to replace negative-yielding fixed income investments with core infrastructure.”

One of the biggest areas of interest for infrastructure investors last year was the transition to a low-carbon economy – with more deals targeting renewable power, battery storage and other sustainability projects, broadly referred to as “energy transition” investments.

“One of the dominant themes last year was around renewables and clean energy,” said Christian Busken, senior vice president and director of real assets at Fund Evaluation Group. “Anything with that label attached to it was getting a fair amount of attention.”

Such investments grew thanks to a virtuous circle of increased investor demand and a growing opportunity set, said Iftikhar Ahmed, partner at Aon’s investment consulting unit. That’s clear from the success of funds from the likes of Brookfield and Ares, though many infrastructure funds now include an energy transition sleeve as well. “It’s a trend that’s not reversing anytime soon,” he said. “We expect growth in dedicated sustainable/energy transition funds and an increased focus on sustainable/energy transition deals by otherwise diversified funds.”

And Bajnai cites recent studies that forecast hundreds of billions of dollars of climate-related infrastructure investment in the near term.

“That’s a massive increase – more than doubling the speed of deployment in a few years,” he said.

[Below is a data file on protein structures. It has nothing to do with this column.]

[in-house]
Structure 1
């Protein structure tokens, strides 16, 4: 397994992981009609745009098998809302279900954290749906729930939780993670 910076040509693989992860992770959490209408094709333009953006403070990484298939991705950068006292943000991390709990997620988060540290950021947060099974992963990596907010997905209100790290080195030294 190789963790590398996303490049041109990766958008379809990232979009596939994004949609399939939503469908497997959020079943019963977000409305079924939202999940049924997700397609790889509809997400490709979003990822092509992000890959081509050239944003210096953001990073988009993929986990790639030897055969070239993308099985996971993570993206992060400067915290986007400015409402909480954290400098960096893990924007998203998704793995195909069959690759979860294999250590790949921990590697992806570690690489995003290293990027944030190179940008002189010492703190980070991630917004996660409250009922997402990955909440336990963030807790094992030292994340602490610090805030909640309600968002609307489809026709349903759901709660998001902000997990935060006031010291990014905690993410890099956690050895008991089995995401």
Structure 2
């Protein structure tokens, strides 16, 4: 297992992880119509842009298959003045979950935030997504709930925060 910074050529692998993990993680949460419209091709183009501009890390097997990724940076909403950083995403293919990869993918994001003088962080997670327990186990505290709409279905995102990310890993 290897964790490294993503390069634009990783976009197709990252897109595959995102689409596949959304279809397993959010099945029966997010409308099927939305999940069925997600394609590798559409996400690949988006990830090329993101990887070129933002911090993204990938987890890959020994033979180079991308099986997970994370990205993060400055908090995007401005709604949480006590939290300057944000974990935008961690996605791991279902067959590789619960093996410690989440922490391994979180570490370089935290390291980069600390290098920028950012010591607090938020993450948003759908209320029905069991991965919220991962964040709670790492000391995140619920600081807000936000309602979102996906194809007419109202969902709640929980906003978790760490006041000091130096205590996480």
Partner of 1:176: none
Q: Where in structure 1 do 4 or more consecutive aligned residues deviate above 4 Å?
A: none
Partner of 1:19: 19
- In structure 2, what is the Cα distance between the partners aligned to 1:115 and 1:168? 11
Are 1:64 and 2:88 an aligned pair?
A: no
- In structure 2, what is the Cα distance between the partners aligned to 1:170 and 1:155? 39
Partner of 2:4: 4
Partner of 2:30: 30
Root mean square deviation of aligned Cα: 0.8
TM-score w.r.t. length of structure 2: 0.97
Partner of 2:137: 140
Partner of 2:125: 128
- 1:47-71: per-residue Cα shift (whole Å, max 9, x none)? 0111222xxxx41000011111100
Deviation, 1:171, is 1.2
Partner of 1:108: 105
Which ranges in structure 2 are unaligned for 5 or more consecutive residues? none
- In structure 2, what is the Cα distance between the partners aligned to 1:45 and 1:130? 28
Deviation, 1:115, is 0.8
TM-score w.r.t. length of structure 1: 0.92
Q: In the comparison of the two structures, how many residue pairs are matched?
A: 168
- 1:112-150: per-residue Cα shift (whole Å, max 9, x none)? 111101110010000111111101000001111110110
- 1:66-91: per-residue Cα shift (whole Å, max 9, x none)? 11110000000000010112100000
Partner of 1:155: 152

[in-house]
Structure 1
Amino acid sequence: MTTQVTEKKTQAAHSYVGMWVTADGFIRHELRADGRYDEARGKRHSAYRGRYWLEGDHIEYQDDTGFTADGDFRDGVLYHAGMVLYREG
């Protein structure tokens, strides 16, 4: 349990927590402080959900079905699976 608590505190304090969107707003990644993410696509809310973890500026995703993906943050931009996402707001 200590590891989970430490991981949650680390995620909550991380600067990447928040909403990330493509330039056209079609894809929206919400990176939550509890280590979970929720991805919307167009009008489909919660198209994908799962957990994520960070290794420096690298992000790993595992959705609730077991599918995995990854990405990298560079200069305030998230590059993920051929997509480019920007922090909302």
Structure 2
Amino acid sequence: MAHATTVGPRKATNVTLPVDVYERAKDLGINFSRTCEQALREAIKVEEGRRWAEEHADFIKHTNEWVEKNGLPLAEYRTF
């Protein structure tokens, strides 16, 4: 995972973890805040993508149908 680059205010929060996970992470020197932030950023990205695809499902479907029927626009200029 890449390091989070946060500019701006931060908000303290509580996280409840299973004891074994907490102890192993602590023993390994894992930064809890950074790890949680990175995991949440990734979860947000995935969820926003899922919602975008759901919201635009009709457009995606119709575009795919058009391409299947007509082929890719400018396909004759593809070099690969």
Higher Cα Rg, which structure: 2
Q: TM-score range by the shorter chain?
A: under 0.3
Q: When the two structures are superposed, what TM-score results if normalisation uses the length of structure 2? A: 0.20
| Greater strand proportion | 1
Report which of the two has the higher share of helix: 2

Indeed, Brookfield had planned to close its energy transition fund at $12.5 billion, but later upped the target to $15 billion, CEO Bruce Flatt said at a conference in December. That $15 billion “could have been more,” he added.

It helps that managers can create a wide array of investment strategies from such assets. “Energy transition is a space that is growing so fast that you can easily allocate to different risk/return strategies within the asset class,” Bajnai said. That can range from a low-risk product built around proven technologies targeting a 5% return to something that’s “more technologically risky” with a 20% return target, he pointed out.

Another area seeing attention from both investors and managers is digital infrastructure, such as cell towers and data centers. “We’ve seen various groups raising capital around that theme, and I think
those areas are going to remain on everybody’s radar,” Busken said.

A Campbell Lutyens survey last fall of institutional investors found more than 50% of respondents expressing ongoing interest in energy transition investments, while 50% say they want more digital infrastructure.

Inflation could be another driver of flows into infrastructure investments, which often are seen as a hedge against inflation, “due to the nature of long-term contracts with inflation-linkage and the essentiality of the assets to economic activity,” Park noted. While it’s not entirely clear if infrastructure actually does provide protection from inflation, the belief is there, and as Park put it, “We expect inflationary concerns to continue driving allocations to this asset class.”

And the $1 trillion infrastructure bill that President Biden signed into law last November might also have only a limited impact on the space, some experts believe. Such spending programs tend to come with “long procurement processes,” Ahmed noted.

But that’s unlikely to be a drag on the continued growth of infrastructure investing overall. “We expect the overall fundraising to remain strong in 2022, if not even stronger,” Ahmed said.